A daily summary and commentary of events and factors that affect the global markets, with a particular emphasis on the foreign exchange markets.
Tug of War
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Andrew Kositkun Foreign Exchange Head Trader
Markets are nothing if not fickle. In many of our past commentaries, we noted that the global economy faced many significant headwinds. Despite a long list of material concerns, equity prices have continued to rise and the USD has weakened due to optimism surrounding the re-opening of economies around the world. It has been a surreal past couple of weeks. The market’s willingness to shrug off bad news and fully extrapolate out good news could only be described as relentless optimism.
However, this optimism has finally started to show some signs of vulnerability. At last week’s FOMC meeting, the Fed projected out a near zero policy rate through at least 2022 which forced markets to deal with the somber reality that it has been ignoring for so long. The combination of fears over a second wave of COVID infections and a downbeat FOMC sparked a steep market selloff last Thursday.
On the positive side, this sell-off did abate on Friday. Additionally, policy support should continue to expand as several central banks meet this week and should either add more stimulus or reaffirm dovish forward guidance. The BoJ is expected to keep its policy unchanged but should continue support through QE and yield curve control. The BoE also meets and is likely to expand the pace of its QE program and could touch on the possibility of negative rates.
On the negative side, risk assets remain overbought and are down sharply on the day. Moreover, nearly half of the re-opened US states have reported an increase in the number of day-to-day infections with a similar dynamic playing out in several other countries. If this trend continues, it would pose a significant risk to the market’s current “buy the dip” mentality.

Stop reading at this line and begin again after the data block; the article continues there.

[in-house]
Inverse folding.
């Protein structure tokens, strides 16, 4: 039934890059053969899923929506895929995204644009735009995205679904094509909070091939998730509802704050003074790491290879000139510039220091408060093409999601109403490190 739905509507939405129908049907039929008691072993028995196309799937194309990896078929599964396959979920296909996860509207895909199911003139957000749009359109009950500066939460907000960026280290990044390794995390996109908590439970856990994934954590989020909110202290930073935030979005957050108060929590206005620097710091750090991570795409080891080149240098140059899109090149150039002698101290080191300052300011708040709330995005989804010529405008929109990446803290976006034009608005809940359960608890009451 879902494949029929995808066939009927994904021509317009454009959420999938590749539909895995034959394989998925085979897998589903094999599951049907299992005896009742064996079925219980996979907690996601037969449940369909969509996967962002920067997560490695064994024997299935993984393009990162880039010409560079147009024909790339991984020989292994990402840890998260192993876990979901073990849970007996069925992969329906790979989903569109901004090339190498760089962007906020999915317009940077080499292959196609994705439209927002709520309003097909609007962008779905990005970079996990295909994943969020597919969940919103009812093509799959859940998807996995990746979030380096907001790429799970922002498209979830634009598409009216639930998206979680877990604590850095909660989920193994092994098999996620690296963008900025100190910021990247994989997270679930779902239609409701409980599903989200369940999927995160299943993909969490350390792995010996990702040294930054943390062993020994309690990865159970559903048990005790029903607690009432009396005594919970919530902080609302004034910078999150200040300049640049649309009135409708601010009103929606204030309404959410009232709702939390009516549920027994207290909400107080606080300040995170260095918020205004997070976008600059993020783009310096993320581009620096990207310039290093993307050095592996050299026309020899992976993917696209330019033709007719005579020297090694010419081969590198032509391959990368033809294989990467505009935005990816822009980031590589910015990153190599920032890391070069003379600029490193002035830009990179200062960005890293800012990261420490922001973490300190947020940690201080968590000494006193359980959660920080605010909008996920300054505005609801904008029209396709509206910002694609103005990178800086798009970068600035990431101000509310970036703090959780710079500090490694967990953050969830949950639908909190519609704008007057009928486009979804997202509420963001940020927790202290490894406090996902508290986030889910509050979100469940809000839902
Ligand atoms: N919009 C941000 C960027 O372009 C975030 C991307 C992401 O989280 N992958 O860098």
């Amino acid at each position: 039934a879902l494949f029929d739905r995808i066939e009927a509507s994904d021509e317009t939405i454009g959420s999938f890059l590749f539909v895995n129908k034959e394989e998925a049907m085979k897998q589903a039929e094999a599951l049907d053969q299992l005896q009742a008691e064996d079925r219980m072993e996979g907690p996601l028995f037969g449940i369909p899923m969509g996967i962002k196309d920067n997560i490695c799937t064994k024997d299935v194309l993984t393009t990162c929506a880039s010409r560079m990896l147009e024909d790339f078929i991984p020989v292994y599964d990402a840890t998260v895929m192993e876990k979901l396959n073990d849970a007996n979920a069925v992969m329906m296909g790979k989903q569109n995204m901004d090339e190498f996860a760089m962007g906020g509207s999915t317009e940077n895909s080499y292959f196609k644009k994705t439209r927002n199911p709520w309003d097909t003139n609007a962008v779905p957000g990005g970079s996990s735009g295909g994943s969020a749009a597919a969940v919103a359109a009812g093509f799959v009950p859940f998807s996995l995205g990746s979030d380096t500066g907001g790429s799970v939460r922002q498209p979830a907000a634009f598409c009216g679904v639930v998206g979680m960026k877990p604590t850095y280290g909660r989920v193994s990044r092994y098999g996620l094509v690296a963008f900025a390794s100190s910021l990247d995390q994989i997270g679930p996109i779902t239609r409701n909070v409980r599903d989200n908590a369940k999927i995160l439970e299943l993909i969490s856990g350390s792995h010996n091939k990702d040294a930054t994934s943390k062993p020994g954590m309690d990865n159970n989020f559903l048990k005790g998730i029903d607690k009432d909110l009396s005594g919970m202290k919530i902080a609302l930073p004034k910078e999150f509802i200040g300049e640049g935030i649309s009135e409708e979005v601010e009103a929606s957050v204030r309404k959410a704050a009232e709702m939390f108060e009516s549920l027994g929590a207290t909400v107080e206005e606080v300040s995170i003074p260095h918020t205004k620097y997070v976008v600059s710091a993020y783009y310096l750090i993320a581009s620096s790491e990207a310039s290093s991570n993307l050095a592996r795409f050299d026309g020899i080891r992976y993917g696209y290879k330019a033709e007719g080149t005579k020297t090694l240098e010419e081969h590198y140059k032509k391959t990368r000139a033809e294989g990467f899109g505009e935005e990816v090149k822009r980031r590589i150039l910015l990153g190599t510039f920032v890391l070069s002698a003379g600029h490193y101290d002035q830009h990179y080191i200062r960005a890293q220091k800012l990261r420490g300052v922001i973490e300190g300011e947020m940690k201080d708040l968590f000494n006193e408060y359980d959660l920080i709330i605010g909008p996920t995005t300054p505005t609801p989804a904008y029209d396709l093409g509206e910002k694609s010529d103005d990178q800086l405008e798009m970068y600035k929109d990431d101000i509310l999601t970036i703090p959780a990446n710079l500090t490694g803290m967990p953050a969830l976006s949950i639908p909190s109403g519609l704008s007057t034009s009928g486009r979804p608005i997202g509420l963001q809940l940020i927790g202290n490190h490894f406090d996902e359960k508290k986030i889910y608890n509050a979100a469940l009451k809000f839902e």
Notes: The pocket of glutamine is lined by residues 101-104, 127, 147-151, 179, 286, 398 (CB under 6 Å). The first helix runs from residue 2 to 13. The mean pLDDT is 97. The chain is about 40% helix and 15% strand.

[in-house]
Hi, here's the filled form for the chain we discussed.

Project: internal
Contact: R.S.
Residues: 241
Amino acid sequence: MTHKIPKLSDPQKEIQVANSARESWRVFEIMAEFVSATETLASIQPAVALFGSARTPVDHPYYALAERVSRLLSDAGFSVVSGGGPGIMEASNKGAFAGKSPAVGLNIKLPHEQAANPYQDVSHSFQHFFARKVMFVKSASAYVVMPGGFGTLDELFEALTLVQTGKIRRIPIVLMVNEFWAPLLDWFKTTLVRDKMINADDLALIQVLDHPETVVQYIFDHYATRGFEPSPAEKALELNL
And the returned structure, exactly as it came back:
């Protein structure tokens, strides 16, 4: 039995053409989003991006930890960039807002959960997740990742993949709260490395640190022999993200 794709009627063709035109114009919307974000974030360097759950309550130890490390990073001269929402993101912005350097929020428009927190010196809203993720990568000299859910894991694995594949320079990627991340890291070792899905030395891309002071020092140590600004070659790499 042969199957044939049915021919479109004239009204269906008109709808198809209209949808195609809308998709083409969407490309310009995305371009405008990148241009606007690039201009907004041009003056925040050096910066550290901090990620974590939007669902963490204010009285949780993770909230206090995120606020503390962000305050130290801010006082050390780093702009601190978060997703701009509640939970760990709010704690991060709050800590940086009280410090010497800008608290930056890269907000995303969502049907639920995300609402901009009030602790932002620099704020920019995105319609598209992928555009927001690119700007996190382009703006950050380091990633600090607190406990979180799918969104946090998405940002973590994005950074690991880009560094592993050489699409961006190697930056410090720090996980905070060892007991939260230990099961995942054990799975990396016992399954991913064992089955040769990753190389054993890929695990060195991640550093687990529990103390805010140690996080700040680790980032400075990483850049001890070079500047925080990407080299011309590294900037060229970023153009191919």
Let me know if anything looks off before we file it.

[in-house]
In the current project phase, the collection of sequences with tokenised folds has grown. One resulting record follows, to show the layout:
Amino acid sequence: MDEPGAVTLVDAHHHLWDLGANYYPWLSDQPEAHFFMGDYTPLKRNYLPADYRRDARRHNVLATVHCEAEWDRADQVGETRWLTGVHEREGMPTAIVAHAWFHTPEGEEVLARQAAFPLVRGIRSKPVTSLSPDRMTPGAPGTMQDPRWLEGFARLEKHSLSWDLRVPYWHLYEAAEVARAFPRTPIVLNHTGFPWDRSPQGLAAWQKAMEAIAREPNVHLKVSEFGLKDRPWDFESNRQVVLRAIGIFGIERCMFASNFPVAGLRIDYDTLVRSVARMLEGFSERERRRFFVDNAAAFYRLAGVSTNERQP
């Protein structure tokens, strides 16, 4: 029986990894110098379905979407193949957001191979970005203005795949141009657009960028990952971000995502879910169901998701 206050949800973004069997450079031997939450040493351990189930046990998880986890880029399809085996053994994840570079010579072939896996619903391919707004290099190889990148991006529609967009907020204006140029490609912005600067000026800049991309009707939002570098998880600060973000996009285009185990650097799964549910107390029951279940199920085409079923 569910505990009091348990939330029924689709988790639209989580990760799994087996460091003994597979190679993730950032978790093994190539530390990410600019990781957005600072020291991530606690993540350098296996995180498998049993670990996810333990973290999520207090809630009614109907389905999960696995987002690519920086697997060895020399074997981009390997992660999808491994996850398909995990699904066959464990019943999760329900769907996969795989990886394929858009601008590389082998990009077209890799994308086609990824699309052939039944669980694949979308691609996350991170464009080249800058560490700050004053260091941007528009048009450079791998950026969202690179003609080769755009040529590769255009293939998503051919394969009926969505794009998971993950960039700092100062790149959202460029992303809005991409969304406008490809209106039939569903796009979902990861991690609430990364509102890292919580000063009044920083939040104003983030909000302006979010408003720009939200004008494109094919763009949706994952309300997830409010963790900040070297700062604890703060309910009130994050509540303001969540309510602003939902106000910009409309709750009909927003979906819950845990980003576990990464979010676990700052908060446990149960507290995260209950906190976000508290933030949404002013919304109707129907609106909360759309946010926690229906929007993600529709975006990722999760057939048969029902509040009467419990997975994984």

On net, overall market dynamics have put the FX markets into what seems to be a tug of war as it alternates between risk on and risk off and searches for direction.
HERE ARE THE KEY NEWS STORIES FROM OVERNIGHT:
This week will be a fairly busy week for Fed speakers. Jay Powell alone is scheduled to speak at least 3 times but is expected to reiterate what the FOMC stated last week.
UK PM Boris Johnson and European Commission President Ursula Von der Leyen start negotiations today. The EU has reportedly accepted the UK’s position that it will not seek an extension meaning the risks for a hard Brexit rise each day that passes. With the impending deadline in mind, both sides have agreed to intensify talks, which could be argued as a bullish sign. Conversely, both sides remain far apart, which is clearly bearish for the GBP. Keep an eye on headlines as both sides have much to lose on top of already mounting COVID-19 concerns and that could be the catalyst for some compromise.
Beijing is undergoing limited shutdowns in response to a new outbreak and this has weighed on market sentiment. The more recent virus resurgence is tied to a wholesale market that was visited by a large number of people.
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